• "This analysis identified one of the methyltransferases belonging to COG1901, encompassing an a/b knot fold (also named SPOUT) superfamily of methyltransferases as a valid candidate (Tkaczuk et al. 2007). This prediction fits with the observation that genes of this family usually cluster with pus10 in several archaeal genomes (Grosjean et al. 2008a). Lastly, the crystal structure of a COG1901 family member, Mj1640 from M. jannaschii, was solved in complex with AdoMet at 1.4 A ˚ resolution (Chen and Yuan 2010). "
    [Show abstract] [Hide abstract]
    ABSTRACT: The methylation of pseudouridine (Ψ) at position 54 of tRNA, producing m(1)Ψ, is a hallmark of many archaeal species, but the specific methylase involved in the formation of this modification had yet to be characterized. A comparative genomics analysis had previously identified COG1901 (DUF358), part of the SPOUT superfamily, as a candidate for this missing methylase family. To test this prediction, the COG1901 encoding gene, HVO_1989, was deleted from the Haloferax volcanii genome. Analyses of modified base contents indicated that while m(1)Ψ was present in tRNA extracted from the wild-type strain, it was absent from tRNA extracted from the mutant strain. Expression of the gene encoding COG1901 from Halobacterium sp. NRC-1, VNG1980C, complemented the m(1)Ψ minus phenotype of the ΔHVO_1989 strain. This in vivo validation was extended with in vitro tests. Using the COG1901 recombinant enzyme from Methanocaldococcus jannaschii (Mj1640), purified enzyme Pus10 from M. jannaschii and full-size tRNA transcripts or TΨ-arm (17-mer) fragments as substrates, the sequential pathway of m(1)Ψ54 formation in Archaea was reconstituted. The methylation reaction is AdoMet dependent. The efficiency of the methylase reaction depended on the identity of the residue at position 55 of the TΨ-loop. The presence of Ψ55 allowed the efficient conversion of Ψ54 to m(1)Ψ54, whereas in the presence of C55, the reaction was rather inefficient and no methylation reaction occurred if a purine was present at this position. These results led to renaming the Archaeal COG1901 members as TrmY proteins.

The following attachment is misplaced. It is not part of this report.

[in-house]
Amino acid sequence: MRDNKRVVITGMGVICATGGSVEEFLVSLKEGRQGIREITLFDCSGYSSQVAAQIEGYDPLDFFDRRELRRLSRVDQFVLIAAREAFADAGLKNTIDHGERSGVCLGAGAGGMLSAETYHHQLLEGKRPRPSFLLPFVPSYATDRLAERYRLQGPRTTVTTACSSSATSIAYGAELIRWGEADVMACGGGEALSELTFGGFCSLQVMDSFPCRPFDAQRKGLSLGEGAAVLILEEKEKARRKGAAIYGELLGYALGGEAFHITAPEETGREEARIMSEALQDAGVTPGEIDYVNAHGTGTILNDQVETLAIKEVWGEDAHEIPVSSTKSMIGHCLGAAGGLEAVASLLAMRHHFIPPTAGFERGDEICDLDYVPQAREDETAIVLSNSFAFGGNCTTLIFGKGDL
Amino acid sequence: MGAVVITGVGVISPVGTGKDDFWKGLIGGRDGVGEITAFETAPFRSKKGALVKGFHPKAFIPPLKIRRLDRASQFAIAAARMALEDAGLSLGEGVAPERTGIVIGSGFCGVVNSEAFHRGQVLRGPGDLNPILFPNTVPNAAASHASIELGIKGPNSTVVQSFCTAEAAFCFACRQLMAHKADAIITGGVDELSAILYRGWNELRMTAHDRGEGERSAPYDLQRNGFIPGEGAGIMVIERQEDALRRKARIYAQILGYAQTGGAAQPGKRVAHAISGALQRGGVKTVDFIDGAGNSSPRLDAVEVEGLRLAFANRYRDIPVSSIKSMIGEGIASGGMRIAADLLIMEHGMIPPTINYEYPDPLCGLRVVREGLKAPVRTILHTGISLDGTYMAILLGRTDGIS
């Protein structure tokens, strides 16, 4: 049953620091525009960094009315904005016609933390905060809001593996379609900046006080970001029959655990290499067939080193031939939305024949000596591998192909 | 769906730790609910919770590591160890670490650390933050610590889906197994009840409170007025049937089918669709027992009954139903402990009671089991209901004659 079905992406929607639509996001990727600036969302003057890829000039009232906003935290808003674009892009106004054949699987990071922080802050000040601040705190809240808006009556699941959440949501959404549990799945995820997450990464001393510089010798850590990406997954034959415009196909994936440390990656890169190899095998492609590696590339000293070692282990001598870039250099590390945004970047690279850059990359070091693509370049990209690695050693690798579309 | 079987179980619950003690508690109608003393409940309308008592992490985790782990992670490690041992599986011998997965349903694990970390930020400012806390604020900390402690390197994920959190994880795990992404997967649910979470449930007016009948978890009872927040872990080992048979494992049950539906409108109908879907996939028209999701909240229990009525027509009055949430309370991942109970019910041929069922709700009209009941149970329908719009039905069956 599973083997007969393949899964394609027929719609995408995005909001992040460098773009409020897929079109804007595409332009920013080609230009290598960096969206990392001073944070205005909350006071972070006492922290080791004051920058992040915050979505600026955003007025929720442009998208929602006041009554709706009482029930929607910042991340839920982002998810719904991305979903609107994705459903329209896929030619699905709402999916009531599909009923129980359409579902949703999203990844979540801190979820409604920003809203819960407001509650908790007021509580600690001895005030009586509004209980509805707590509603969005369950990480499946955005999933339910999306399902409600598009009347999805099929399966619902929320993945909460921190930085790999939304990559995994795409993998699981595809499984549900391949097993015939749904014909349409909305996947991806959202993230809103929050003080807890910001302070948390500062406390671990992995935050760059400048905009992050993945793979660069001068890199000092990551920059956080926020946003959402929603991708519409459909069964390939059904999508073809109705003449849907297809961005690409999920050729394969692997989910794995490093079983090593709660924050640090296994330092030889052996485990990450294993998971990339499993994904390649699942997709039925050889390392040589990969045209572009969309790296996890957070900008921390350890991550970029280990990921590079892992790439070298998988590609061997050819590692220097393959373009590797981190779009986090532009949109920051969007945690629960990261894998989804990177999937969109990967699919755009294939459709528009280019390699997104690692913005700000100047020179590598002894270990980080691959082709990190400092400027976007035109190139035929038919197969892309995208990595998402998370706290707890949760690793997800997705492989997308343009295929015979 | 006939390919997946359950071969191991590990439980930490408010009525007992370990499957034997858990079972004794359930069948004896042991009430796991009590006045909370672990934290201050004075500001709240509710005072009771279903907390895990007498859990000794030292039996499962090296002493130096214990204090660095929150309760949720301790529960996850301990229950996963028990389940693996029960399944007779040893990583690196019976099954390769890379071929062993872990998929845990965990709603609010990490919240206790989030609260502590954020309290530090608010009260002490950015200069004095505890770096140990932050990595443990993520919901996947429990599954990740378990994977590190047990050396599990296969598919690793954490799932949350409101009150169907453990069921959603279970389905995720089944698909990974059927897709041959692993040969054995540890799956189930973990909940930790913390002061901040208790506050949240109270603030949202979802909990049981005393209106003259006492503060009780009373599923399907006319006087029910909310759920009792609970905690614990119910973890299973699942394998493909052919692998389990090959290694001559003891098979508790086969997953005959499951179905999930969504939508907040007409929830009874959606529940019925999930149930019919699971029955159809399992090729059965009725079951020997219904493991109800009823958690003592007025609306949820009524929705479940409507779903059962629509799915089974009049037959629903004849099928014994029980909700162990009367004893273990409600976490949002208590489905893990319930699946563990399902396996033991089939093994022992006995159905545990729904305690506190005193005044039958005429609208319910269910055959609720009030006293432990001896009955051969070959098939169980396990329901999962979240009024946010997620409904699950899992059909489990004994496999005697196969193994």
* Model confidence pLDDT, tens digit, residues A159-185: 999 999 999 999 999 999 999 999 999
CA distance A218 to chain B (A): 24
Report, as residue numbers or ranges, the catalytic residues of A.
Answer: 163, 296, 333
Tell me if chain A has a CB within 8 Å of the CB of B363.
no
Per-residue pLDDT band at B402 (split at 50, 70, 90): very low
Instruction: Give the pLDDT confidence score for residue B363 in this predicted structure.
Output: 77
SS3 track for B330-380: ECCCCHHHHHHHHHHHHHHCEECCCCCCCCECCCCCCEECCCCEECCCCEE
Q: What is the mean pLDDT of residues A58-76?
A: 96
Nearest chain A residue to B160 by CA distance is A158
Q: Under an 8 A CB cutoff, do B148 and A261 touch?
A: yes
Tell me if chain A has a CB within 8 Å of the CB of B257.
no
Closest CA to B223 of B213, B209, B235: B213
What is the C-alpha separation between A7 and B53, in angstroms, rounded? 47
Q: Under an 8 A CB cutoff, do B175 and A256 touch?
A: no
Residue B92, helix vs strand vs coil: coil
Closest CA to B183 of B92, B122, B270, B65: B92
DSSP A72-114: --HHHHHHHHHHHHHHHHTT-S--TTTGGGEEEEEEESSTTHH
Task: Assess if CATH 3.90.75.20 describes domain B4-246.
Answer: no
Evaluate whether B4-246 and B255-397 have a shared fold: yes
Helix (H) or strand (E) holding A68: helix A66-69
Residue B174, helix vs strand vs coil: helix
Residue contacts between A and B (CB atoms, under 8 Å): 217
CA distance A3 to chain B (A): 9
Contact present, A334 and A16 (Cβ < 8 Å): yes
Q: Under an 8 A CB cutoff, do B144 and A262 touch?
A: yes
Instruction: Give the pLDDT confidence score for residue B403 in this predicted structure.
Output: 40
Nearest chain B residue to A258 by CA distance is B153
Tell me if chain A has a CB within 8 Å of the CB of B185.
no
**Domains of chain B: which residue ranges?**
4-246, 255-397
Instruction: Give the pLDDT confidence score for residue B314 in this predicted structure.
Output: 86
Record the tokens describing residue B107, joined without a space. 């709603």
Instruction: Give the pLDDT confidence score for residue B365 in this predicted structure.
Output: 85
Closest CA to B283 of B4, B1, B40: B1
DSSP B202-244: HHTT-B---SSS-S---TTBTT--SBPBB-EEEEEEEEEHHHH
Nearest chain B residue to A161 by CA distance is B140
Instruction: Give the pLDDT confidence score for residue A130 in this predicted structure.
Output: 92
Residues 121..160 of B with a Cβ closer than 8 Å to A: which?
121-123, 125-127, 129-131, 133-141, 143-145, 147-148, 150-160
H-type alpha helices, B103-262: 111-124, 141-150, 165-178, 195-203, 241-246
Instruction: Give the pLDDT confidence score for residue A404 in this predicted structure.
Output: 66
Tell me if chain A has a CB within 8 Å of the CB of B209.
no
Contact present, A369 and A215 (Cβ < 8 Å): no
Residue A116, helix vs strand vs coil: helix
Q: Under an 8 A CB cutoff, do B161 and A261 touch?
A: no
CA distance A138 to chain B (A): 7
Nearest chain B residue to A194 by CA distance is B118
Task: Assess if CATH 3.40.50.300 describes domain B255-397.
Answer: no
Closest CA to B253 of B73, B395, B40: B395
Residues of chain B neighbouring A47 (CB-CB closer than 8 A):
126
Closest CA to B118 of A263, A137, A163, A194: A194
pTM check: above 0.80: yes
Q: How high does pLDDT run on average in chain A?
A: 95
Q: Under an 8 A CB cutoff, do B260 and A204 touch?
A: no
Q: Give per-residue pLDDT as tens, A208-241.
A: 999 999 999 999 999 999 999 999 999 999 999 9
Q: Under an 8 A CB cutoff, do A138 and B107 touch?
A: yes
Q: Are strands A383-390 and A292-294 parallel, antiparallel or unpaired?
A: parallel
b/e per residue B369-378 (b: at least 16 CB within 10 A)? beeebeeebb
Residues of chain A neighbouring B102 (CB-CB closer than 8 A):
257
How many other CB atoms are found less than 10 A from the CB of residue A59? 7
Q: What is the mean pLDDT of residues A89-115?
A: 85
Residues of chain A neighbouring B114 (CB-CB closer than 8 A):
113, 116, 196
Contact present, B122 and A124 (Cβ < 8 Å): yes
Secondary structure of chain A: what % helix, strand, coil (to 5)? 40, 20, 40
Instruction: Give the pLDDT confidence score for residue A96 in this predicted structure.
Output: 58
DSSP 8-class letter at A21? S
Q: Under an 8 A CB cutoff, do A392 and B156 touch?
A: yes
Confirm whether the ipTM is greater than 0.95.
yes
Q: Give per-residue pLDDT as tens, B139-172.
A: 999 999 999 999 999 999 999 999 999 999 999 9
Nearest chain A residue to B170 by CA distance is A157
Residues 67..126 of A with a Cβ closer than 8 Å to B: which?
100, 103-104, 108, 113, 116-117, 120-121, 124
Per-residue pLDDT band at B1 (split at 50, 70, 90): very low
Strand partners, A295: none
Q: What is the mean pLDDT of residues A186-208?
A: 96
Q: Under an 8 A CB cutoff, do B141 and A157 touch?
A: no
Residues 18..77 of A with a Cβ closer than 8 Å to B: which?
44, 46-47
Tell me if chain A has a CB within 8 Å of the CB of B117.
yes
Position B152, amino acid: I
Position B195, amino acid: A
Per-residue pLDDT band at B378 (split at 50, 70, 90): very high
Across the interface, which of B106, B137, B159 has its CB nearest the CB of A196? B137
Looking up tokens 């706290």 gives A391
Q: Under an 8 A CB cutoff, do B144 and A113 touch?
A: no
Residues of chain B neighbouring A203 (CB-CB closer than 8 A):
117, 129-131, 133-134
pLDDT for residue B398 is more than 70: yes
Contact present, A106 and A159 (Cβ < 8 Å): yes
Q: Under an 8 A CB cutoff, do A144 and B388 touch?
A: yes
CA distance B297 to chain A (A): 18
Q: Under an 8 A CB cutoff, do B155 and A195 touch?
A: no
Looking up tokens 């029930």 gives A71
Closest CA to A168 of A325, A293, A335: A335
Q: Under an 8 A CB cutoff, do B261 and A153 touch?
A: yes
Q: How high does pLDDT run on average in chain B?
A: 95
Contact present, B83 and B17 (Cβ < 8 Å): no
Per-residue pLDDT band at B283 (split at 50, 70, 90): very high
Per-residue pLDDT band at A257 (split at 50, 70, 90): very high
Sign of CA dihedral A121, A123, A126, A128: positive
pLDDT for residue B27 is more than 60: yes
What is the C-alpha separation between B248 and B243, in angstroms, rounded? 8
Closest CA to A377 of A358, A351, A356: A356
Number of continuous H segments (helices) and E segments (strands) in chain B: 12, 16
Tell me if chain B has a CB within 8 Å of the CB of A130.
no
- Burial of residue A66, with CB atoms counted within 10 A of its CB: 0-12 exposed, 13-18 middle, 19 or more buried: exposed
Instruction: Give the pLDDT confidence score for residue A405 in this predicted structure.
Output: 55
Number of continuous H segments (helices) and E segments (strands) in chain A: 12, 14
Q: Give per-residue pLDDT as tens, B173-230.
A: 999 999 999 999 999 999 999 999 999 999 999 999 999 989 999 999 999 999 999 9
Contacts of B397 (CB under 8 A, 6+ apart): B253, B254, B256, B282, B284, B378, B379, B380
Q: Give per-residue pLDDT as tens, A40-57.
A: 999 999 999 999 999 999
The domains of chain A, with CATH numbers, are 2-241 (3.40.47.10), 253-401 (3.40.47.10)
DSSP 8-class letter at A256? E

Full-text · Article · Mar 2012 · RNA
  • Source
    • "The genome sequence of Hfx. volcanii was also used for a bioinformatic prediction of the modification sites of stable RNAs, the guide RNAs involved in RNA modification, and RNA-modifying enzymes [28] [29]. The number of predicted modifications was astonishingly low, and this was also interpreted as an adaptation to the high salt cytoplasm because RNA stability is higher under high salt conditions. "
    [Show abstract] [Hide abstract]
    ABSTRACT: The genome sequence of Haloferax volcanii is available and several comparative genomic in silico studies were performed that yielded novel insight for example into protein export, RNA modifications, small non-coding RNAs, and ubiquitin-like Small Archaeal Modifier Proteins. The full range of functional genomic methods has been established and results from transcriptomic, proteomic and metabolomic studies are discussed. Notably, Hfx. volcanii is together with Halobacterium salinarum the only prokaryotic species for which a translatome analysis has been performed. The results revealed that the fraction of translationally-regulated genes in haloarchaea is as high as in eukaryotes. A highly efficient genetic system has been established that enables the application of libraries as well as the parallel generation of genomic deletion mutants. Facile mutant generation is complemented by the possibility to culture Hfx. volcanii in microtiter plates, allowing the phenotyping of mutant collections. Genetic approaches are currently used to study diverse biological questions-from replication to posttranslational modification-and selected results are discussed. Taken together, the wealth of functional genomic and genetic tools make Hfx. volcanii a bona fide archaeal model species, which has enabled the generation of important results in recent years and will most likely generate further breakthroughs in the future.
    Full-text · Article · Nov 2011 · Archaea
Show more